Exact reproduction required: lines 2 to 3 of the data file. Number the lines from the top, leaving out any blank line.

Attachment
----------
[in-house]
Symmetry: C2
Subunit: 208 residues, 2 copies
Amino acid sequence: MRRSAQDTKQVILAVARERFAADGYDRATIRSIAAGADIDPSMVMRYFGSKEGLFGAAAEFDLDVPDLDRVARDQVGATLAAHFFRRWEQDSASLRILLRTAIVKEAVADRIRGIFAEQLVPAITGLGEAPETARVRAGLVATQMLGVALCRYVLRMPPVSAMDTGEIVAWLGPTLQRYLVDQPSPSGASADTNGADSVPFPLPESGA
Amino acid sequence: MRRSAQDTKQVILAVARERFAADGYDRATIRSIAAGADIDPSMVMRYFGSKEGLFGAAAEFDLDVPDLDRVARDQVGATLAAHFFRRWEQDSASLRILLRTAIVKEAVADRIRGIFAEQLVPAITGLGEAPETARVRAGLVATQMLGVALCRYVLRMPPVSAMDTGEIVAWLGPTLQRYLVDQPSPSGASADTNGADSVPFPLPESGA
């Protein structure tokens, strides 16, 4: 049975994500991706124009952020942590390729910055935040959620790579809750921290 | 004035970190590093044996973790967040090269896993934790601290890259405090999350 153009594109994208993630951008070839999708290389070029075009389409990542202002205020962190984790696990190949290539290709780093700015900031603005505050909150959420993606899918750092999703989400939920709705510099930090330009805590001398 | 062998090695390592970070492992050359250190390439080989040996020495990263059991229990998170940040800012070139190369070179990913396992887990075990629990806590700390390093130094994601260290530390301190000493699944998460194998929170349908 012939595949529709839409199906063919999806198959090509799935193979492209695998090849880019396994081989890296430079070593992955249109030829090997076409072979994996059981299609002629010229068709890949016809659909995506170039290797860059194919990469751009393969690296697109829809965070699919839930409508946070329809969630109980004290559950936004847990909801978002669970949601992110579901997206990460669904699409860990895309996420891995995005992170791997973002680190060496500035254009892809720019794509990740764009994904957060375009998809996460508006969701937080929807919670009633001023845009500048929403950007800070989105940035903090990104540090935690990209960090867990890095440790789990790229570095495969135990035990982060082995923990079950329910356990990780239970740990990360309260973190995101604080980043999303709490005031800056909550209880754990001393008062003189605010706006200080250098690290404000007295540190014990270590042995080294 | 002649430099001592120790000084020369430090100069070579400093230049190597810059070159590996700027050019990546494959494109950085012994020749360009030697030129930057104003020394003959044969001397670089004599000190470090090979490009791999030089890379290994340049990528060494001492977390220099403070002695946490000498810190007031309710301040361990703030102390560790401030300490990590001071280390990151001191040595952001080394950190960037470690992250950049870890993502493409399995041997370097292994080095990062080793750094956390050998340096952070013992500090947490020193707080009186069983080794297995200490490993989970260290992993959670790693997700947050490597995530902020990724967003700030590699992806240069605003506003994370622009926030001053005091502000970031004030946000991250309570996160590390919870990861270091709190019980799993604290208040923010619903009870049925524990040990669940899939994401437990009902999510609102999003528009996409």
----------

Symmetry: C2
Subunit: 208 residues, 2 copies